Under the Transfer of Undertakings (Protection of Employment) Regulations, commonly referred to as TUPE, where a business transfers from one owner to another, the employers will usually automatically transfer with the business.
After the transfer, the employees will be employed by the buyer as if the buyer had always been their employer. This means that, for the purposes of calculating length of service, the employee’s period of employment with the buyer is deemed to include the time they worked for the seller as well.
Any pre-existing liabilities (including claims for unpaid wages or other employment disputes involving current employees) will also pass to the buyer. The buyer and seller cannot avoid the application of the TUPE Regulations.
Employees who are dismissed for reasons connected with the transfer will generally have a claim for unfair dismissal.
For more on TUPE, click here.
Warranties for asset sales
An asset sale should contain warranties in the form of a set of statements, made by the seller, detailing the state of the business and the assets included in the sale. This will normally include comprehensive provisions relating to the assets and the business generally, as well as covering its employees and any disputes or litigation related to the business.
It is the seller’s responsibility to ensure the warranties they provide are true and accurate and they may face legal consequences if this is not carried out correctly.
Limitations on the seller’s liability for business asset sales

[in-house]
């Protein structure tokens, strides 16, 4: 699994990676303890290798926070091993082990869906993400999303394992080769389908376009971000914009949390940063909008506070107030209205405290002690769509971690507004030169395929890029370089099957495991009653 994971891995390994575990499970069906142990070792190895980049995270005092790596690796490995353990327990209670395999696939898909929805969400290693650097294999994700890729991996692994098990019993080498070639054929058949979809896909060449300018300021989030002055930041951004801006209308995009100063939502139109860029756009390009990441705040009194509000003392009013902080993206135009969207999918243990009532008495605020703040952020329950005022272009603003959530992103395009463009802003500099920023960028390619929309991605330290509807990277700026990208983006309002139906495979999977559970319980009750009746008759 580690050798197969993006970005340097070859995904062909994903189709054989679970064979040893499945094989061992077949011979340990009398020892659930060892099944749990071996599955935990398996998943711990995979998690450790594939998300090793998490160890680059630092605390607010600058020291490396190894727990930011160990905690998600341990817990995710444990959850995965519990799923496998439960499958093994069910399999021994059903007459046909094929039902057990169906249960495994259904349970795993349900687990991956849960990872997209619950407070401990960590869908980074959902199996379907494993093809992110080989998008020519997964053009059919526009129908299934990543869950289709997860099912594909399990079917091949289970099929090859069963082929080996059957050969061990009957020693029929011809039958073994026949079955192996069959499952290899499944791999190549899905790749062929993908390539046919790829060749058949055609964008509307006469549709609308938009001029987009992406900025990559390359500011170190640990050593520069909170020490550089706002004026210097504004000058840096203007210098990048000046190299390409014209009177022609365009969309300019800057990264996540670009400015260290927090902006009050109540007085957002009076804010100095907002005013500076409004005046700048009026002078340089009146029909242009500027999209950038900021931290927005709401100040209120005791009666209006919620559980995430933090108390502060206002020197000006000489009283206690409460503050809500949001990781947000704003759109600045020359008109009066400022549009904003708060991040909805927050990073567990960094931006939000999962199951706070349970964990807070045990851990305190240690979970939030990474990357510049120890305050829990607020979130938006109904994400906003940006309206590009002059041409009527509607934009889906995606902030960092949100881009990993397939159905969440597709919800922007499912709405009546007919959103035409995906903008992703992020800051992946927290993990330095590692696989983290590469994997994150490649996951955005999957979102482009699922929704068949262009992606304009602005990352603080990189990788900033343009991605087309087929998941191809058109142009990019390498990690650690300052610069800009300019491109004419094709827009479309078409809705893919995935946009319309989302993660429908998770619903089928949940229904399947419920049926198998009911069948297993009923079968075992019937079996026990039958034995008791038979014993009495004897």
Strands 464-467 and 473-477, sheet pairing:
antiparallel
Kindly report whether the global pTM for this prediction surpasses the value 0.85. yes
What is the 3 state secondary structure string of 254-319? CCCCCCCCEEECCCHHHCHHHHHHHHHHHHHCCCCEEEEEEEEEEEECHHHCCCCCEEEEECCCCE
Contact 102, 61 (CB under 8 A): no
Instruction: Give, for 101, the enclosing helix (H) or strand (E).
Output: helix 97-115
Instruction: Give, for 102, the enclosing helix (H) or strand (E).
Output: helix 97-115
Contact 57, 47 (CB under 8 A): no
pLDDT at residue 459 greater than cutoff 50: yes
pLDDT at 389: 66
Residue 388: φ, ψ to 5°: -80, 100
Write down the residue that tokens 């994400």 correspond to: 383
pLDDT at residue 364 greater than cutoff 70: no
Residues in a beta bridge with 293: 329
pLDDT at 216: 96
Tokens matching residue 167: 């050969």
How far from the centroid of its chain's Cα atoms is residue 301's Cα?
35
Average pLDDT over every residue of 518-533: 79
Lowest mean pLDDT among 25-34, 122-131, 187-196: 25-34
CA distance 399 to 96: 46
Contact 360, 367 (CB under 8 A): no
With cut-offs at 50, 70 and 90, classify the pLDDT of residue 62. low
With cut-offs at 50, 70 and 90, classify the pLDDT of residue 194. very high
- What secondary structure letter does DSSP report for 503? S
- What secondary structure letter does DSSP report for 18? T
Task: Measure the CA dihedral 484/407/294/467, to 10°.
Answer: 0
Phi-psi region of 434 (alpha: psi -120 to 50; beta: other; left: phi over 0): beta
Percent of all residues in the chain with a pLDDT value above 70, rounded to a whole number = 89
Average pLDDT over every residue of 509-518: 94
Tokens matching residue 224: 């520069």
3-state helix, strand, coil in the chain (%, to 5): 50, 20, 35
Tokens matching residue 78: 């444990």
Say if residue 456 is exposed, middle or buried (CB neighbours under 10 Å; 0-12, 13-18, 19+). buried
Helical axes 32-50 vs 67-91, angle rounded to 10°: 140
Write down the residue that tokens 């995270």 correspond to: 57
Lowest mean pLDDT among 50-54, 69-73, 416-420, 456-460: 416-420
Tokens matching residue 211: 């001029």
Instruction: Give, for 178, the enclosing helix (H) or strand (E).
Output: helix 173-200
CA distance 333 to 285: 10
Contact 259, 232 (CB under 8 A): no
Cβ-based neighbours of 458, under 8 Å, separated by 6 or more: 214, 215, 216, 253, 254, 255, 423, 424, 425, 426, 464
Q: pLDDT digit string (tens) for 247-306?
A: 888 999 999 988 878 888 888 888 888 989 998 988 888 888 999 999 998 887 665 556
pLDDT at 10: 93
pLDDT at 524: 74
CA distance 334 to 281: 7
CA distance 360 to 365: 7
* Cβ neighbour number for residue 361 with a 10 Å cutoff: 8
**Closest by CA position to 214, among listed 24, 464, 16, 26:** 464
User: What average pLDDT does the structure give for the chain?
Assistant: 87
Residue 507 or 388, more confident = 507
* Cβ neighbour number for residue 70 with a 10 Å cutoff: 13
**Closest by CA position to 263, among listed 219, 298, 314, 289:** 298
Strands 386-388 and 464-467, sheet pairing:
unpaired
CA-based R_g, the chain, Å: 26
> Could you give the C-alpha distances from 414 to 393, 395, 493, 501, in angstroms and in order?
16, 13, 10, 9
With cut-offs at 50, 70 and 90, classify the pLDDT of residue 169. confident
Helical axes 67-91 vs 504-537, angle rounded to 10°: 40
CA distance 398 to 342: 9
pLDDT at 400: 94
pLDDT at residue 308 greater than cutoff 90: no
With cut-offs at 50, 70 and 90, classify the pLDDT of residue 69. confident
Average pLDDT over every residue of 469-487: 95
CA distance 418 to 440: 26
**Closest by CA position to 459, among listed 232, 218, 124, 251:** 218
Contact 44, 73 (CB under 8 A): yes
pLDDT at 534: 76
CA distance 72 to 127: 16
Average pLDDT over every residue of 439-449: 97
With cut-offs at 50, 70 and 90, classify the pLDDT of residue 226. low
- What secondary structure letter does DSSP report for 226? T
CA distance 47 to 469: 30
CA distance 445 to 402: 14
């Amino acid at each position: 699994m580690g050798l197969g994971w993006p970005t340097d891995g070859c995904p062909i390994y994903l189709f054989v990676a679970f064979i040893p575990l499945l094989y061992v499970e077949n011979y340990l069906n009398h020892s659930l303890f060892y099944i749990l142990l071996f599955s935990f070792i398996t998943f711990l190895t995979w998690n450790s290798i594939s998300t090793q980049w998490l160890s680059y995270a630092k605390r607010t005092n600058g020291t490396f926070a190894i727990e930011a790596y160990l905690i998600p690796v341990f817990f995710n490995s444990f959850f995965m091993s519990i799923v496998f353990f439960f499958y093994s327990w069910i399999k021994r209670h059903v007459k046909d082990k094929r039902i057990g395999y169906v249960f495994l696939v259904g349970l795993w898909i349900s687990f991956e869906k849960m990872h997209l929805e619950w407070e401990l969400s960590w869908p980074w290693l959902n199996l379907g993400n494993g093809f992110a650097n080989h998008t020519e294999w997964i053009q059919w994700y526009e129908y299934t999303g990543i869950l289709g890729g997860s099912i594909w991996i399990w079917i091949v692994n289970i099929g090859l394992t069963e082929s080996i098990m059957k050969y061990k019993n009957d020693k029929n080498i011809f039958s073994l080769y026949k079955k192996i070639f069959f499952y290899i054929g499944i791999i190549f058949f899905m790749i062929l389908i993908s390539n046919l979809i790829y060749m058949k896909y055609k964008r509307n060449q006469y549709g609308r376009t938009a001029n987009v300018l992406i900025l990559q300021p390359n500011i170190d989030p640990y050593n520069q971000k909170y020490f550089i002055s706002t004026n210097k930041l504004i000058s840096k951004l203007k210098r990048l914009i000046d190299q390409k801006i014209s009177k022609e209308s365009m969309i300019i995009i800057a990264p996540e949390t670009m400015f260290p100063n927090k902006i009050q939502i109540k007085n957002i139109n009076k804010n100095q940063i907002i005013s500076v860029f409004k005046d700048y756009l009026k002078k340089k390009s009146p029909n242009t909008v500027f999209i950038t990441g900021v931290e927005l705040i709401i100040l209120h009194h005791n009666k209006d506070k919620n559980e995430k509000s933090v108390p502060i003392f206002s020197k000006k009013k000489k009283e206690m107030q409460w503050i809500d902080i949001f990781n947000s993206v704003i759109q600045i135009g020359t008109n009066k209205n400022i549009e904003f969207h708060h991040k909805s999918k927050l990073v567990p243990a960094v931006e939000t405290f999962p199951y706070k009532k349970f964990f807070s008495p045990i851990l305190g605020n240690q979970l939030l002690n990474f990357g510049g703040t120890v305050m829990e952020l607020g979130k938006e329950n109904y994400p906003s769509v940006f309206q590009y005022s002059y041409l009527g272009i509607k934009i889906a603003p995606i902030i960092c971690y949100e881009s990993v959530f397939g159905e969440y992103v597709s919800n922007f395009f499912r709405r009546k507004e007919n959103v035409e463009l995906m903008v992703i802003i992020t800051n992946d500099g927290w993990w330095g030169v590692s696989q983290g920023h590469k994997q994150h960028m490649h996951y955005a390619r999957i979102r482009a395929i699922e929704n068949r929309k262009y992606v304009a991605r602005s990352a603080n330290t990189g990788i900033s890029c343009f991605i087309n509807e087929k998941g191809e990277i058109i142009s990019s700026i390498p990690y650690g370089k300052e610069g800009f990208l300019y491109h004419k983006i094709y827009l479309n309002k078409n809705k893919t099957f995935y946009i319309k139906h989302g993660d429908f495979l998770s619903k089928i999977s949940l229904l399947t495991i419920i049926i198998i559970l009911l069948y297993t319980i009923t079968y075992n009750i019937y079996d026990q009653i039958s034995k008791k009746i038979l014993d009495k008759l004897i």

While the seller will usually have some degree of liability towards the buyer during and asset sale, the contract should contain limitations on the seller’s liability.
Common limitations on a seller’s liability include:
- A minimum size of claim the buyer is entitled to bring (preventing the seller from being bothered with numerous small claims)
- An overall financial limit on the seller’s liability (usually set at the purchase price or a fraction of it, so the buyer can never claim more than they paid for the assets)
A time limit for claims (set from the date of completion of the sale)
Post-completion restrictions on business asset sales
The contract of sale for business assets will often include restrictions on the actions the seller can take post-completion. This is intended to protect the buyer’s business interests where the seller could potentially take action that conflict with those interests after the sale.
Commonly included restrictions are that the seller should not:
- Be involved in a competing business for a fixed period following the sale
- Entice employees of the business to leave in order to work for the seller
- Entice the customers of the business to transfer their custom to a new business operated by the seller
Stamp duty on business asset sales
Other than land, the sale of assets does not generally attract stamp duty.
Tax on asset sales
When buying a business as a going concern, the sale will not normally be subject to VAT. However, if you are just buying assets of the business, you will not usually be buying it as a going concern, so you may need to pay VAT on the sale depending on the circumstances.
It is therefore essential to take specialist legal and financial advice to ensure you meet your tax liabilities.
How we can help with business asset sales and purchases
Wheelers’ company and commercial team have been advising businesses on all stages of asset sales and purchases for many years. We can also offer comprehensive legal support for all legal issues connected to running a business, including those related to property, employment and all types of commercial agreements.
If you have any questions or are looking for information on asset sales or any other business law matter, please contact Charmaine Dudman.